Singer Offiong Bassey paves her own path to music career
Hailing from Cambridge, Mass., Offiong Bassey is a young singer, songwriter, and poet who has established herself in the city’s musical landscape in just a few short years. Offiong returns to the legendary Scullers Jazz Club on September 24 less than a year after her first sold-out appearance in November 2013.
Of returning so soon to the place where she first heard the greats play, (Rachelle Ferrell, Jonathan Butler, and Nnenna Freelon), Bassey is excited and says that she was “blessed and surprised to sell out my concert last year, and to be invited back and to have that opportunity is such a great one.” She adds, “It’s one I couldn’t really have dreamed about.”
Bassey’s Nigerian-American roots and her musical influences of gospel, soul, jazz, R&B and traditional West African music are on full display throughout her self-titled debut album, “Offiong Bassey.”
Bassey, whose name means “God’s moon,” exudes a quiet air of self-assuredness, confidence and humility. She’s very much looking forward to her upcoming performance at Scullers.
“I switched things up a bit,” she comments. “I have some new material that I’m debuting. I have a new sound. And so I’m just excited to show everybody what I’ve been up to.”
The public almost didn’t get a chance to hear a glimpse of Bassey’s voice or see her talent first-hand. She initially was headed down another path before fully committing to her music career. Being the eldest of two, there were high expectations for her and her future. A graduate of Yale University, she went to work for Bain & Co. where she consulted for various industries from media and entertainment to pharmaceuticals, software and IT.
However, Offiong knew that she wanted to sing and to be creative, but just didn’t quite know how to fit music into her life. She was coming to a point in her life where a decision had to be made between either attending graduate school or committing to her music. She knew that if she was in grad school and not working full-time that she wouldn’t really have the money to executive-produce her own album. Making her decision a bit more challenging was the fact that she was awarded a full scholarship to attend the Fletcher School of Law and Diplomacy at Tufts University, which she eventually turned down.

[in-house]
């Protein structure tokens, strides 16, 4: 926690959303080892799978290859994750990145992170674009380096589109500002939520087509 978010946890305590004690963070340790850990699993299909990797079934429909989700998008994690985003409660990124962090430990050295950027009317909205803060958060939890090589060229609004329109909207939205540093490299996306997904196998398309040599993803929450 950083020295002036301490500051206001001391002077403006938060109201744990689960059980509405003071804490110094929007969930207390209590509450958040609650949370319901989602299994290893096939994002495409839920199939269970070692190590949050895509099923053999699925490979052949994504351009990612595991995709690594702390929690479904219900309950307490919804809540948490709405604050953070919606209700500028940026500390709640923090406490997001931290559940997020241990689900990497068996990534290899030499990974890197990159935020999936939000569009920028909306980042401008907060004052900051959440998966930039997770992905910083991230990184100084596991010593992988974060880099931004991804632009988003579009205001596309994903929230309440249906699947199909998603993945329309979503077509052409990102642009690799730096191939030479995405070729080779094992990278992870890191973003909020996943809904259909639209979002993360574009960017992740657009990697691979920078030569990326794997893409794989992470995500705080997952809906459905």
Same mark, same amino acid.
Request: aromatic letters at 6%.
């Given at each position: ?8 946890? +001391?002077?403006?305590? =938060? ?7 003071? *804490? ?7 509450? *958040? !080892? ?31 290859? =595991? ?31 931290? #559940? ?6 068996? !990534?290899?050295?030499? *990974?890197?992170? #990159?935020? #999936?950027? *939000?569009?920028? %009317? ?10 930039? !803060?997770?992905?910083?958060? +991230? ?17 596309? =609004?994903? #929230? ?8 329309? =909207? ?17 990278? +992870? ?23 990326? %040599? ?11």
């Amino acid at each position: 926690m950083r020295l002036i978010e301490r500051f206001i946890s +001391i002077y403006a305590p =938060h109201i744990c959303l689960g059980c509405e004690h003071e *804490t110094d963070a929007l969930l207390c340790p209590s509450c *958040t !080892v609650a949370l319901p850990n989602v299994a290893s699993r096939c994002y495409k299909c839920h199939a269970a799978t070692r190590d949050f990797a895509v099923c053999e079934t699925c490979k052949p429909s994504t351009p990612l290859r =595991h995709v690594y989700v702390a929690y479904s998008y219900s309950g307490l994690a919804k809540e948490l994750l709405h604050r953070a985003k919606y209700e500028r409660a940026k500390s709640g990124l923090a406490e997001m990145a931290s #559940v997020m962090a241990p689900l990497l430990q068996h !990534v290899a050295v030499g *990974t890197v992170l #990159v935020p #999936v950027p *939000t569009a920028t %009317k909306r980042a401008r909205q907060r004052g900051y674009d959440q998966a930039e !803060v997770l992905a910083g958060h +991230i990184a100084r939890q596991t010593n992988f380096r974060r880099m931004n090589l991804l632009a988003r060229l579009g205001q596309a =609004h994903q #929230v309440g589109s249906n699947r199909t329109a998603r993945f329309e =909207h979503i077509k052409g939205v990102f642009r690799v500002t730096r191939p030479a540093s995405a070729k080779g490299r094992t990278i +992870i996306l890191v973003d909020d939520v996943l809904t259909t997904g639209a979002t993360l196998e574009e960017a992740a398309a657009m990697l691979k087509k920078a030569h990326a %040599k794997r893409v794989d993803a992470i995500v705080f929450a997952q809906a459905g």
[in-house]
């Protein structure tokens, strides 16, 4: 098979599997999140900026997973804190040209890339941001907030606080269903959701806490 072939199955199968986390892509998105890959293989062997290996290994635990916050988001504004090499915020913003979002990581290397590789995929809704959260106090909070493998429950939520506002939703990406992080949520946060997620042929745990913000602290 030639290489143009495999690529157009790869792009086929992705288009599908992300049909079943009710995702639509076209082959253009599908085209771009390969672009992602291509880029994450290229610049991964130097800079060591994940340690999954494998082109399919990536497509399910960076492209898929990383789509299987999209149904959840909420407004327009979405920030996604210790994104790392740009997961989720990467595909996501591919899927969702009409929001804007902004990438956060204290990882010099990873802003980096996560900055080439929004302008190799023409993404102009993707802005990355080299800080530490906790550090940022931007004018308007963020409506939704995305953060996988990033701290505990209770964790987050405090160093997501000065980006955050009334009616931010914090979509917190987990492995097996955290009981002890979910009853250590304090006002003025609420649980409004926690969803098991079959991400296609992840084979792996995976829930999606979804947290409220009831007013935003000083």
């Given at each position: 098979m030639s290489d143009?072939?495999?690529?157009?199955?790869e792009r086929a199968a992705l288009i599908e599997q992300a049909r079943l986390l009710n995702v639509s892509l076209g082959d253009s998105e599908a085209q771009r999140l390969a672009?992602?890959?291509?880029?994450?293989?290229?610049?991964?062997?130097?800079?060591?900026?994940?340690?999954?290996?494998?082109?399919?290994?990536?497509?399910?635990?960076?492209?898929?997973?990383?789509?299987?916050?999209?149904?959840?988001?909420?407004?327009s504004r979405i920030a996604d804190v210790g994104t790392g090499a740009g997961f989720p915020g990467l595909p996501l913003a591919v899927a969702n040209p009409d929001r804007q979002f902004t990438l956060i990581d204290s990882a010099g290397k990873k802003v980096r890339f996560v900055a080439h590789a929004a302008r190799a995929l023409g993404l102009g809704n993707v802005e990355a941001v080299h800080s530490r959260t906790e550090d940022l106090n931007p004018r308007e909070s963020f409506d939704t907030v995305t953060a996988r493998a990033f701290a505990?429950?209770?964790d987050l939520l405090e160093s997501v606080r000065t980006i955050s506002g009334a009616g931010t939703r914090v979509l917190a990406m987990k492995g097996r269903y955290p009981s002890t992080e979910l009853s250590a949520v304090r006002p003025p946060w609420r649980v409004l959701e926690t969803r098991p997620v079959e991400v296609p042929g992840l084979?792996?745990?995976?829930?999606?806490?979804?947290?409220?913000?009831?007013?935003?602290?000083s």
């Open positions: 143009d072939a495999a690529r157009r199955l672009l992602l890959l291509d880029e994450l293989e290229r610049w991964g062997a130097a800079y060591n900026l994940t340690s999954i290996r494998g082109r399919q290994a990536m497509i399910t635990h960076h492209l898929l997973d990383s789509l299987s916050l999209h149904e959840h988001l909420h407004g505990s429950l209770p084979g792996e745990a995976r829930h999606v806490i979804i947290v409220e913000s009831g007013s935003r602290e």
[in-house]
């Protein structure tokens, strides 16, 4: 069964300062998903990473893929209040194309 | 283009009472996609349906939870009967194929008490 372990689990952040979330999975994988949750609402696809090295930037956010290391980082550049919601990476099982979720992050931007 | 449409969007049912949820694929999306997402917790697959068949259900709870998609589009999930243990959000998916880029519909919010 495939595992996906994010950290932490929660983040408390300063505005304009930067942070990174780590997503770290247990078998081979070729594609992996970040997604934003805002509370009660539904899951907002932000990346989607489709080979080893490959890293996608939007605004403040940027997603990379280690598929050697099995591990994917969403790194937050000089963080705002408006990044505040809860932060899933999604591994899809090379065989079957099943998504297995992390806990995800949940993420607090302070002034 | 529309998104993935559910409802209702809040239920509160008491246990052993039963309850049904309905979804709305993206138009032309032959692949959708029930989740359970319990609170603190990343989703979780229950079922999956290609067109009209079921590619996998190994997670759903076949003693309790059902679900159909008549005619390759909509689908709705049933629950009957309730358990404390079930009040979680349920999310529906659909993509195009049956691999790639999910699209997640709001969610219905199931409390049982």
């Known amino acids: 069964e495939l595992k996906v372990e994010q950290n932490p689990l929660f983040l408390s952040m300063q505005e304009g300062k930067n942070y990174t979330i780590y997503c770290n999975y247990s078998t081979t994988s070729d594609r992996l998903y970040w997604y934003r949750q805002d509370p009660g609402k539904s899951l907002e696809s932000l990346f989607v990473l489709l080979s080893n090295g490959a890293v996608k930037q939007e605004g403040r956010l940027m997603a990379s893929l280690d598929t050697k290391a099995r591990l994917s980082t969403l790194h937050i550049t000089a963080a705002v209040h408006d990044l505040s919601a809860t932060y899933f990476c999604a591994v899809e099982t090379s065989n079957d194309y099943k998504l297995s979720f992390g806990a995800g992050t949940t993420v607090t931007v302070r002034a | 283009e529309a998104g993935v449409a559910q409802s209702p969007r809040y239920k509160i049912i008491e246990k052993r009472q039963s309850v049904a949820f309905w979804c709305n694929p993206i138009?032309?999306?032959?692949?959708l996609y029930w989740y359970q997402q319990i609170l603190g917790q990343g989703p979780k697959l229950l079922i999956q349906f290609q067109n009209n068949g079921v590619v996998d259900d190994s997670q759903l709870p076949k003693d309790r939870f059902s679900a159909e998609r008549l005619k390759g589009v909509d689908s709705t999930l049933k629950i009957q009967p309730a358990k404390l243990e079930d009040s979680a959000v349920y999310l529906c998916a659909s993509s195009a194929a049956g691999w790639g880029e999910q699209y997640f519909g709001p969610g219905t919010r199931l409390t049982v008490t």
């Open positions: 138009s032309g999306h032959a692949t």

“I felt in my heart and my soul I couldn’t envision it [grad school],” she said. “One of the things that has helped me to be authentic is that when I’m moving along in my life and I want to take a next step, I know that it’s right if I can see it within myself, in my soul, in my mind’s eye. I can see it’s actually happening.”
Once she made the decision in support of her music everything fell into place. Bassey landed a job with Bellwether Education Partners (an education consulting firm), which was actually started by a former Bain manager. It ended up being a great transition for her in that it offered a more manageable work-life balance for her to record, and most importantly she had the means to finance her first album.
Bassey began writing songs in 2005, but it wasn’t until 2010 that production began on the first album, which was released in 2013. Her lyrics and music which “speaks to the spirit” are sung or rapped in English as well in her native Efik or Nigerian Pidgin English. Musically, the album is described as “genre-bending sounds mixed with everything from Afro-Peruvian rhythms and funk to R&B and Nigerian Ekombi.”
Her upcoming Scullers performance will include many of the songs from her sophomore album, “The Gathering” (which doesn’t have a release date yet). Since her first project, Bassey says that she’s learned a little more about the art of songwriting and how to communicate.
“With this album I’ve taken more of a step back and I write as it comes to me from my heart as I respond to the environment,” she says. “And, then I step back and say ‘ok, what is the message that I’m trying to convey?’ and ‘how might I shift things around if need be in order to have that message be clearer?’”
As lead producer and songwriter on her new album (she learned the technical and artistic aspects of production through observing and learning from producers she previously worked with), she may give the audience a sampling of South American and East African sounds and rhythms. But one never knows with Offiong. One thing is for sure. This global citizen who has traveled to Ghana, Japan, Nigeria, Panama, and Spain has always been about getting out there and experiencing new things, and so will the audience on September 24.
Offiong Bassey performs at Scullers Jazz Club on Wednesday, September 24 at 8 p.m. Show: $25; Dinner/Show: $65. Purchase at www.scullersjazz.com and for more information on Offiong Bassey visit www.offiongbassey.com.